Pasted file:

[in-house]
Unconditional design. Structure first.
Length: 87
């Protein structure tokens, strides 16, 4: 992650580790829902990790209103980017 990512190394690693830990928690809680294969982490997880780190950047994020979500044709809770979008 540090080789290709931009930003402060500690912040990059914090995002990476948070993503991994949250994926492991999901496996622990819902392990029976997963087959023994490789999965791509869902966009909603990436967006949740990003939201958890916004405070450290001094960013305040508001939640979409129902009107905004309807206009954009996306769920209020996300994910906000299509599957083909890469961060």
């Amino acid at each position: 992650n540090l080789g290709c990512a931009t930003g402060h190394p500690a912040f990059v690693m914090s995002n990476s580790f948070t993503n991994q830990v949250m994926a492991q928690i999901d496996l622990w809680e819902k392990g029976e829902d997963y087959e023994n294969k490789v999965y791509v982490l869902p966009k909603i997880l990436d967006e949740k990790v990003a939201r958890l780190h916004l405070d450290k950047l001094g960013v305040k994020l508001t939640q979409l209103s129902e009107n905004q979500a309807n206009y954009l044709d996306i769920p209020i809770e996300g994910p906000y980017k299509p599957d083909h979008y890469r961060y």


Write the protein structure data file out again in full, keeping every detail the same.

[in-house]
Unconditional design. Structure first.
Length: 87
């Protein structure tokens, strides 16, 4: 992650580790829902990790209103980017 990512190394690693830990928690809680294969982490997880780190950047994020979500044709809770979008 540090080789290709931009930003402060500690912040990059914090995002990476948070993503991994949250994926492991999901496996622990819902392990029976997963087959023994490789999965791509869902966009909603990436967006949740990003939201958890916004405070450290001094960013305040508001939640979409129902009107905004309807206009954009996306769920209020996300994910906000299509599957083909890469961060």
């Amino acid at each position: 992650n540090l080789g290709c990512a931009t930003g402060h190394p500690a912040f990059v690693m914090s995002n990476s580790f948070t993503n991994q830990v949250m994926a492991q928690i999901d496996l622990w809680e819902k392990g029976e829902d997963y087959e023994n294969k490789v999965y791509v982490l869902p966009k909603i997880l990436d967006e949740k990790v990003a939201r958890l780190h916004l405070d450290k950047l001094g960013v305040k994020l508001t939640q979409l209103s129902e009107n905004q979500a309807n206009y954009l044709d996306i769920p209020i809770e996300g994910p906000y980017k299509p599957d083909h979008y890469r961060y």